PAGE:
When the less than harmonious first meeting occurs between their families at graduation, neither Krish nor Ananya fall into a frenzied, impulsive, hyper-emotional panic; instead, they try to come up with a way to overturn their mutual disapproval. The comedy that ensues as each tries to win over their prospective in-laws does bear more than a whiff of Meet the Parents, but the film never resorts to overly broad gags, instead opting for more real and effective humor more firmly grounded in personalities than slapstick silliness. Bhagat and Varman also go an extra, realistic step beyond even this, in that just as important as parents accepting the new possible son- or daughter-in-law are the sets of parents (at the very least) respectfully tolerating each other--and this is where the richest dramatic and comedic material is mined, with Amrita Singh especially being a standout as Krish's shamelessly snooty mother. This dimension would not work if the young couple bringing those two worlds and worldviews together didn't click, and Kapoor and Bhatt impress together and apart. They make a captivating couple, not just for their romantic and sensual spark, but the palpable comfort they have with each other, and that sense of ease extends to their individual performances. Kapoor, in his first traditional romantic lead after thus far only playing edgy types in sometimes even edgier films, seamlessly slides into a more mild-mannered everyman role, and he's never appeared more natural in the requisite dance sequences. (Having a reliably melodious Shankar-Ehsaan-Loy song score to perform to certainly helps.) Even better is Bhatt, who after her own turn to gritty material with the thriller Highway earlier in the year, lights up the screen with sweetness, smarts, and strength; of the three neophyte actors launched by writer-director Karan Johar in 2012's Student of the Year, she's proving to be the bona fide movie star in the bunch. Speaking of Johar, who gets a producer credit here, 2 States may more than recall the theme and tag line of his all-star 2001 blockbuster Kabhi Khushi Kabhie Gham...--"It's all about loving your parents"--but it feels like the next evolution of such earnestly old-fashioned family-oriented melodramas, respecting the classic traditions and ideals while infusing them with more contemporary and therefore real world-relevant and relatable sensibilities.

Vanishing Pearls poster Vanishing Pearls: The Oystermen of Pointe à la Hache ***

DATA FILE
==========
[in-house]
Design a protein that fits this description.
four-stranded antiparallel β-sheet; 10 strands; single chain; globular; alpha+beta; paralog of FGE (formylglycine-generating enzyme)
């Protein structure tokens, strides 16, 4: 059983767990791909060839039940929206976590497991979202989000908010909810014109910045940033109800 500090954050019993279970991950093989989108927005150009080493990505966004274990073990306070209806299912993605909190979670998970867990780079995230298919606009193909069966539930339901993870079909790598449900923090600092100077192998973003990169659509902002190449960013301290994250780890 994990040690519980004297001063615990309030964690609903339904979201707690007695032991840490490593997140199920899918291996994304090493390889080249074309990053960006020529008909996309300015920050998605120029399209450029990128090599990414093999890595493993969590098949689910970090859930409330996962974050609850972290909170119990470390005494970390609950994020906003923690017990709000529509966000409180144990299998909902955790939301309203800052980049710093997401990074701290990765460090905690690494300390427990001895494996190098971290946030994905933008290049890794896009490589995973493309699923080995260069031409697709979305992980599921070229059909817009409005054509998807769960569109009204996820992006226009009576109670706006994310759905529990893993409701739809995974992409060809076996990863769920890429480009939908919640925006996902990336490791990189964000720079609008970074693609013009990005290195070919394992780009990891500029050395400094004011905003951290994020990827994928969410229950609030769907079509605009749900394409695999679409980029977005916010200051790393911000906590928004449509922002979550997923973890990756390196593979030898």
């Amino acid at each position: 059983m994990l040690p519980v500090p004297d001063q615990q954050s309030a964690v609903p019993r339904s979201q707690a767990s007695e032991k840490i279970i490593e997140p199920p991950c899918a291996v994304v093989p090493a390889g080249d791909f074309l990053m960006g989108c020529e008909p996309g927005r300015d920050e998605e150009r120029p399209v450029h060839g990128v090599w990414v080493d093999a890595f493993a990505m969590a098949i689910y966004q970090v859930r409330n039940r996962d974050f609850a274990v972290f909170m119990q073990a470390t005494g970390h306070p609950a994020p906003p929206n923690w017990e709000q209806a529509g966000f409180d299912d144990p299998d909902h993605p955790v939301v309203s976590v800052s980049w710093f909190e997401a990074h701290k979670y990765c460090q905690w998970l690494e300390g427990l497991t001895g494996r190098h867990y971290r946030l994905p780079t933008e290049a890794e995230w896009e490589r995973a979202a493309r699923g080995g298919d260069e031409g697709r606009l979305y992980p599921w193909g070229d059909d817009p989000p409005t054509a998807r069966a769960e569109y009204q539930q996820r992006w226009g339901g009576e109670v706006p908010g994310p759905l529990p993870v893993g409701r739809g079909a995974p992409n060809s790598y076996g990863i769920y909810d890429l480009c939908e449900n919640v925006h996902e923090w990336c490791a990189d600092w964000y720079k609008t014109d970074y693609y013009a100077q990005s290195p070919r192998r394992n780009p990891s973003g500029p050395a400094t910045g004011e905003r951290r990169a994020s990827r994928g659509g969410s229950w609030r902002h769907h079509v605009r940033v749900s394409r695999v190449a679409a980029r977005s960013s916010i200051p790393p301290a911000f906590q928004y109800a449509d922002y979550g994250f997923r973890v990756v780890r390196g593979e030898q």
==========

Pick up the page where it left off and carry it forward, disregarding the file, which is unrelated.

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With the near-instant headline turnover speed of the news media cycle this day and age, the British Petroleum oil spill in the Gulf of Mexico in 2010 is beyond ancient history to most people. But four years on, not only are those who were directly affected still suffering, but they are perhaps even worse off than they were when disaster first struck. Nailah Jefferson's documentary feature powerfully shines a much-needed and -deserved spotlight on one specific local Louisiana community's ever-intensifying economic struggles to survive, and a generations-old culture thus on the verge of extinction: that of the largely African-American oyster fishermen of Pointe à la Hache. Through stock footage, snazzy infographics, and interviews with the fisherman as well as scientific experts and the government-appointed officials entrusted with the task of offering recovery aid to those affected, Jefferson paints an at once brisk, vividly detailed, and altogether compelling portrait of how a domino effect situation (d)evolves from being naturally uncontrollable to being willfully perpetuated. First the spill happens, and with it all the attendant damage to the aquatic wildlife, thus adversely affecting what fishermen are able to catch; then, whether through ignorance or sloppiness or just plain laziness, the tactics used to cleanse the spilled oil turn out to likely only be a flimsy surface "solution" to the severe damage to the ecosystem; and, finally, all the loud initial promises of generous financial aid to get the local fishing businesses back on their feet are delayed if not completely swallowed up by bureaucratic bullshit--which continues to this day. Jefferson never makes any secret as to where her sympathies lie, but she does allow said bureaucrats (including, most notably, lawyer Kenneth Feinberg, the administrator of BP's aid fund) ample time to speak for their perspective. However, their verbal dodging and unapologetically stone-cold cool make it difficult to not feel all the more for the fishermen and their families as not only their way of life but their very blood heritage die out along with the rapidly diminishing shellfish reserves.